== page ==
How do you reply to "How did you do that?"

Dec 10, 2013
12
0
Kansas
I will be the first to say that some of my performances have been fairly rough around the edges. I often stumble over my wording as any new performer would. Although every now and then when I am able to pull off a decent trick and blow some minds. I can never seem to find a good answer to the question "How did you do that?!" which is kind of a problem haha I've seen many people respond simply with "Magic." but to me that always seems kind of dull and cheesy. If I have more impressive effects I was planning on showing anyway, I like to use their question to segway into the next effect by saying something along the lines of "Oh well if you think thats cool, check this out!" and then going on with my performance. But often that isn't the case. So what do you respond with? Do you have any suggestions for things I could say without sounding ridiculous? Thanks in advanced!!
 
Apr 20, 2014
87
3
I usually find a way to imply that i can't/wont tell them in a joking way and then move on. for example, if i snapped to make the magic happen, and then after they ask about how i did it, i would jokingly say " it's all in the snap" , but smile and say it in a way that says im being sarcastic and thats obviously not how its done, and then they usually leave it alone. If that doesnt work i just straight up say i cant tell them, or like you said before i'll just kind of jump straight into something else, or change the subject.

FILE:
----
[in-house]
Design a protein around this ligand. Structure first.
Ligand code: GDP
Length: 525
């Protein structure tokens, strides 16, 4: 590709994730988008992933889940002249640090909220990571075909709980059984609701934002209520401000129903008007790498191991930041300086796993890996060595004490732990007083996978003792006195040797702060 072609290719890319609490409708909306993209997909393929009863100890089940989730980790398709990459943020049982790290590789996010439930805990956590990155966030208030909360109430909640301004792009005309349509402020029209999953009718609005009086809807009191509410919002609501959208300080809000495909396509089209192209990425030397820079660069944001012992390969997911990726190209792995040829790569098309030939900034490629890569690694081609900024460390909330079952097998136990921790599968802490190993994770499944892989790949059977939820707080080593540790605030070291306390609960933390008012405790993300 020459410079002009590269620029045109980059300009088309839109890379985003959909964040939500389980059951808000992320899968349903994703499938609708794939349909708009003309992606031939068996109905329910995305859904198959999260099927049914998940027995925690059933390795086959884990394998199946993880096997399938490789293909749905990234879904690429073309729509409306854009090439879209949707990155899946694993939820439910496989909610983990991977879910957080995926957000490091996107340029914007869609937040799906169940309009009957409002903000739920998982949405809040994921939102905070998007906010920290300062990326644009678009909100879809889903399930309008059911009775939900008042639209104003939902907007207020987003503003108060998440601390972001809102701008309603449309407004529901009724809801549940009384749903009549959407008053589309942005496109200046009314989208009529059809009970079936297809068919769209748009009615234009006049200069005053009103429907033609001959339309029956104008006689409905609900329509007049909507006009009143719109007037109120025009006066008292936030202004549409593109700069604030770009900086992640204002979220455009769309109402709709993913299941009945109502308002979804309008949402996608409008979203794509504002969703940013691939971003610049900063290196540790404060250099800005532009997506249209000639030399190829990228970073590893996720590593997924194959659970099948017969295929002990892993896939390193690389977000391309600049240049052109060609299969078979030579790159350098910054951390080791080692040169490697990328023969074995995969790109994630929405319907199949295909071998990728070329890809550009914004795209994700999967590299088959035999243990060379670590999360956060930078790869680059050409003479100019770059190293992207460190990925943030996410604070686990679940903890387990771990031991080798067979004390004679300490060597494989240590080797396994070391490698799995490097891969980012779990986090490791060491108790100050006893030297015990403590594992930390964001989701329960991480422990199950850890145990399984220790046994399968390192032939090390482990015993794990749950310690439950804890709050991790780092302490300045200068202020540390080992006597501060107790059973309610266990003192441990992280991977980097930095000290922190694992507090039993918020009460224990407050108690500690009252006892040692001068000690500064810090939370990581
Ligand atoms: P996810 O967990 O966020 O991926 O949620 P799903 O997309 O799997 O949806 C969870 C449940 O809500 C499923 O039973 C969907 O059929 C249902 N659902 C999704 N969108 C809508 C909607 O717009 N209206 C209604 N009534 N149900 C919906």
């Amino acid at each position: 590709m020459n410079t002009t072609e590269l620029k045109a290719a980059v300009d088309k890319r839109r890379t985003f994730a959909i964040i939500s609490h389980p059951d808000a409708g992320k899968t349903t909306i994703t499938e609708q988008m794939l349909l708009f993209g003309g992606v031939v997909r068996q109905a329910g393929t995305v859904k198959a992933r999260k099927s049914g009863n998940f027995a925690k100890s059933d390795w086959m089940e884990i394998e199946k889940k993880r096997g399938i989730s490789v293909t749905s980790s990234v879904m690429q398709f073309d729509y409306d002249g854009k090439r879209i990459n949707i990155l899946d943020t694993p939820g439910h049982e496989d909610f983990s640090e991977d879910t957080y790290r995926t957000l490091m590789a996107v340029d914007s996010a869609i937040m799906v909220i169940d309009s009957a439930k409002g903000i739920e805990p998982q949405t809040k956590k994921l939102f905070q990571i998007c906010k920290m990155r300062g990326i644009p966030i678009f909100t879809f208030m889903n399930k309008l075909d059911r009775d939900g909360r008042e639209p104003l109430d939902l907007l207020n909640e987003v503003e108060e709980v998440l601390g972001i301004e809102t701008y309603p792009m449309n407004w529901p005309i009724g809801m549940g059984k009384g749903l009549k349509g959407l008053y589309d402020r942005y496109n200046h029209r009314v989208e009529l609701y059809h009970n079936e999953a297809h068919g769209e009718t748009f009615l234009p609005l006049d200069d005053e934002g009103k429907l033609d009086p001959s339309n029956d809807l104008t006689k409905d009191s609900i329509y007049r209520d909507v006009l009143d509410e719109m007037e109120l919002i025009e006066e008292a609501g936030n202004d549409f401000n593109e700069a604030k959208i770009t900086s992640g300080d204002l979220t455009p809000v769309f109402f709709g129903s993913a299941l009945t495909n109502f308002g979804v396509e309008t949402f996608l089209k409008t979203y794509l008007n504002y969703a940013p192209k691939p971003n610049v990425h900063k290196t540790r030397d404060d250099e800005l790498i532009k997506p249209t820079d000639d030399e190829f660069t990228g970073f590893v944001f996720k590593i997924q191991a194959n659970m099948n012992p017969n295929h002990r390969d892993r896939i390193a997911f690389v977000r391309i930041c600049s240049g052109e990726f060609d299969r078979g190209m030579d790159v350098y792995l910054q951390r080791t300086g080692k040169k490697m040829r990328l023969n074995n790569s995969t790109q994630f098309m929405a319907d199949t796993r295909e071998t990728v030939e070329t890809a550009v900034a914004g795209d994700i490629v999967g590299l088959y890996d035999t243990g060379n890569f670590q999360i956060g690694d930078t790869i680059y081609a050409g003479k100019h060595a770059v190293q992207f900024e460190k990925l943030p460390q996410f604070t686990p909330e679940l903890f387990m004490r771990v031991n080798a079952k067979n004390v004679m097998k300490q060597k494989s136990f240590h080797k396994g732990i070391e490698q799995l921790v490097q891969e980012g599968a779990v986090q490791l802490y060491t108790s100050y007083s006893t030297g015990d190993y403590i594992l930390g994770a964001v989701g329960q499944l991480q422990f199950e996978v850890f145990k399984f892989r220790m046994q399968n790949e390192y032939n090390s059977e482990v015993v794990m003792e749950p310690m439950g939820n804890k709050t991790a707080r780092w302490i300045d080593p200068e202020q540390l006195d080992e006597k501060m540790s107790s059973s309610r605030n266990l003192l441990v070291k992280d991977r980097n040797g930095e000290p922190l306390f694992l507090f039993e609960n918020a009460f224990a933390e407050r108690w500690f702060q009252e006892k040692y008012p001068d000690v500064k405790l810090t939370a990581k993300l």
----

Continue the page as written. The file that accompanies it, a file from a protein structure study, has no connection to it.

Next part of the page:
WitchDocIsIn

Elite Member
Sep 13, 2008
5,739
2,854
I would be remiss if I didn't mention that this question is asked a lot and you can find a lot of answers just by searching for it on various forums.

That being said, my answer has evolved a bit more since the last time I actually wrote it out.

First off - you need to learn the difference between, "How did you do that?" and "How did you do that!"

The first one is a genuine question, the second one is pure reaction and they're not actually asking you. They just don't know what else to say. It's basically just their mind thinking, "How did he do that? How is that possible?" and it falling out of their mouth.

Now, as for people genuinely wanting to know. In my experience the people who really want to know how you did it are either a) Very curious or b) not engaged enough to enjoy the performance.